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Second dose information

Posted in Our priorities

Booking your second dose

Anyone over 12 years old can get a second dose of the COVID-19 vaccine. 

You'll need to book a 2nd dose for 8 to 12 weeks after your 1st dose, or you can visit a walk in clinic once you're eligible. If you have your 1st dose through your GP surgery, you'll be contacted when it's time to book your 2nd dose.

 

How will I be invited for the second dose of my vaccination?

If you have booked your first appointment online or by calling 119, you will normally book your 2nd appointment at the same time as your first. If you have booked an appointment directly with your local GP vaccination service, you will usually organise your 2nd appointment with them as well.

If you’ve attended a walk-in clinic for your first dose, you can also attend a walk-in clinic for your second dose. You can find the locations and opening times here.

Can I have my second dose in a different place?

If you book online, you'll be shown the closest available appointment locations. Most people will have their second dose at the same location they had their first dose.

If you had your first dose through a GP service, you'll be be invited for your second dose through the same GP service.

If you had your first dose at a Hospital Hub site, you should be invited or be able to book your second dose at the same location.

There are circumstances in which it may be appropriate for you to get your second dose in a different location to their first dose, for example, discharged outpatients, students, doctors in training on rotation to hospitals, people who have become housebound or moved into a care home since their first dose, or patients who have moved to a new house to somewhere a long way away from where they had their first dose.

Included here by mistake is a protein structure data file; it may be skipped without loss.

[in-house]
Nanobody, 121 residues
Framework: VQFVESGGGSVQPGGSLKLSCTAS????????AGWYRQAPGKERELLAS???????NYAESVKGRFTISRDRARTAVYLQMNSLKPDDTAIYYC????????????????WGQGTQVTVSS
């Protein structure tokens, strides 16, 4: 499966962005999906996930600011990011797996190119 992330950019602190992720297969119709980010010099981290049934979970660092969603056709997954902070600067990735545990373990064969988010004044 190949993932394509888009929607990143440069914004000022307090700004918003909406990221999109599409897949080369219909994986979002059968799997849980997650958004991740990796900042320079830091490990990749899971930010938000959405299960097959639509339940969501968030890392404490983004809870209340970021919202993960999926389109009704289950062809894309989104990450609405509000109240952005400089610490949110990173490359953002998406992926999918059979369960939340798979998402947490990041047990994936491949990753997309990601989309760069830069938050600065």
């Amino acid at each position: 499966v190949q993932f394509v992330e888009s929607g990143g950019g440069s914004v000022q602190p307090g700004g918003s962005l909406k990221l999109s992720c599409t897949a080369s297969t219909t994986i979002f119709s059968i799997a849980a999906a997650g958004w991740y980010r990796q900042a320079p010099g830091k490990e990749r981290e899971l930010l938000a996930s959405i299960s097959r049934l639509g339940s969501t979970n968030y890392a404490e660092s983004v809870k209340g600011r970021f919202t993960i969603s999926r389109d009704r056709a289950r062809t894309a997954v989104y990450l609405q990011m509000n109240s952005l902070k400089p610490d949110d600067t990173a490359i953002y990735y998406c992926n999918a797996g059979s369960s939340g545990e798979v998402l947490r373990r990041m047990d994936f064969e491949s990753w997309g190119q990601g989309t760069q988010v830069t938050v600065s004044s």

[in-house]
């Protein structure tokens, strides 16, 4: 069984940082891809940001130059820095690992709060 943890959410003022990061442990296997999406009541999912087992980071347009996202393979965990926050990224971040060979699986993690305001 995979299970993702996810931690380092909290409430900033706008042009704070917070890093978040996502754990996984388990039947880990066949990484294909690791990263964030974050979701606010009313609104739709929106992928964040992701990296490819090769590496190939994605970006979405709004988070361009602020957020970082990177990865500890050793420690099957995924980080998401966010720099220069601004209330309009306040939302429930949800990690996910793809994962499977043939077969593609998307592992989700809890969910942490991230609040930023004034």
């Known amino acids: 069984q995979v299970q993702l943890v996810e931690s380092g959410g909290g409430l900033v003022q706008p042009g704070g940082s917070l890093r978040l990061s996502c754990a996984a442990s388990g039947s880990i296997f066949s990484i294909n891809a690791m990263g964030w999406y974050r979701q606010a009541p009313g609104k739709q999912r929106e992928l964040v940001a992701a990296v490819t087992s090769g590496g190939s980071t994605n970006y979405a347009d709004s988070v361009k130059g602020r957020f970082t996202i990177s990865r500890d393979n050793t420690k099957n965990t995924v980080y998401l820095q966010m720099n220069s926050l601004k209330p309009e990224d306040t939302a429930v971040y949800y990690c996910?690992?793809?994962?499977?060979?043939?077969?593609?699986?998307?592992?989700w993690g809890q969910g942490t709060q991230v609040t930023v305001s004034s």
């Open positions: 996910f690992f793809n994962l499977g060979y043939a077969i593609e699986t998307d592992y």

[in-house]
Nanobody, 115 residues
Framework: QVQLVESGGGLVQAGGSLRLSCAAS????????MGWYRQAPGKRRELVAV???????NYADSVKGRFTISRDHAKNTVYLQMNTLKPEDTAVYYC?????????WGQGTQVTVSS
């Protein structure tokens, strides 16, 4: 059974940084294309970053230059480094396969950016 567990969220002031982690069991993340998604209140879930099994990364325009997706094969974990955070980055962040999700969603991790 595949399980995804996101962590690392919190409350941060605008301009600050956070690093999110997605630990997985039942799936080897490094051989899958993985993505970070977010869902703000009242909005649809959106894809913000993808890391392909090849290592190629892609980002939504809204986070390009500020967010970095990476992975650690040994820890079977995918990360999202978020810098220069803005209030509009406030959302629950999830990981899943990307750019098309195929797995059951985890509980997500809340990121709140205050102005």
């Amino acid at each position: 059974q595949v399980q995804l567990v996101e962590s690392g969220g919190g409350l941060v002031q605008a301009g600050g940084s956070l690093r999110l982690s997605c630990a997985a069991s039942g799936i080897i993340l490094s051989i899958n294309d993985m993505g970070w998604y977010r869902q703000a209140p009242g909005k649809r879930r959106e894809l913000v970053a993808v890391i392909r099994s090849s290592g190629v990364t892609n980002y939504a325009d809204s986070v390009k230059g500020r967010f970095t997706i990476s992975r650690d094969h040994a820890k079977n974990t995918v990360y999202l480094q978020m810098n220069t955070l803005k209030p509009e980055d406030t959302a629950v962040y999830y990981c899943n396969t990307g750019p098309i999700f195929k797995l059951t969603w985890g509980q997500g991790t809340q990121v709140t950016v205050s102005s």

How effective is the first vaccine injection without getting the second one? 

It is important to have both doses of the vaccine to give you the best protection. While the first dose acts as an important immune response primer, the second dose is needed to boost your body’s immune response to the COVID-19 virus providing the best protection for you.

Immunity is not instant once you have received your vaccination. It will take a time for your body to produce the antibodies needed to produce an effective immune response to fight future COVID-19 infection. It is important that even after you have had the COVID-19 vaccine you adhere to the current public health advice including social distancing and practicing good hand and respiratory hygiene.

What happens if a person has the first jab but not the second? 

Pfizer, Moderna and the AstraZeneca/Oxford vaccines have been authorised on the basis of two doses. This is because evidence from the clinical trials shows this gives the maximum level of protection. The evidence doesn’t show any risk to not having the second dose, other than not being as protected as you otherwise would be. We would urge everyone to show up for both of their appointments for their own protection as well as to ensure we don’t waste vaccines or the time of NHS staff.

If I had the Pfizer vaccine in the first jab, can I have the AstraZeneca vaccine for my second one?

If you have a first dose of one vaccine, your second dose will be of that same vaccine too. In certain exceptional circumstances, for example, an extremely bad reaction to the first dose, where the type of first dose is unknown or unavailable, different types of vaccine may be given (Public Health England’s Green Book.)

Public Health England, the Joint Committee on Vaccination and Immunisation (JCVI) and the Medicines and Healthcare products Regulatory Agency (MHRA) have all been very clear that in the absence of trial data to show it is safe and effective, doses should not be mixed.

What happens if I don’t go for my second appointment?

The first dose of a COVID-19 vaccine will provide short term protection. It is important to get the second dose to provide fuller, longer term protection against COVID-19.

What is the second dose guidance for pregnant women?

PHE’s Green Book advises that ‘Pfizer and Moderna vaccines are the preferred vaccines for pregnant women of any age, because of more extensive experience of their use in pregnancy. Pregnant women who commenced vaccination with AstraZeneca, however, are advised to complete with the same vaccine’. ‘If a woman finds out she is pregnant after she has started a course of vaccine, she may complete vaccination during pregnancy using the same vaccine product (unless contra-indicated). Alternatively, vaccination should be offered as soon as possible after pregnancy.’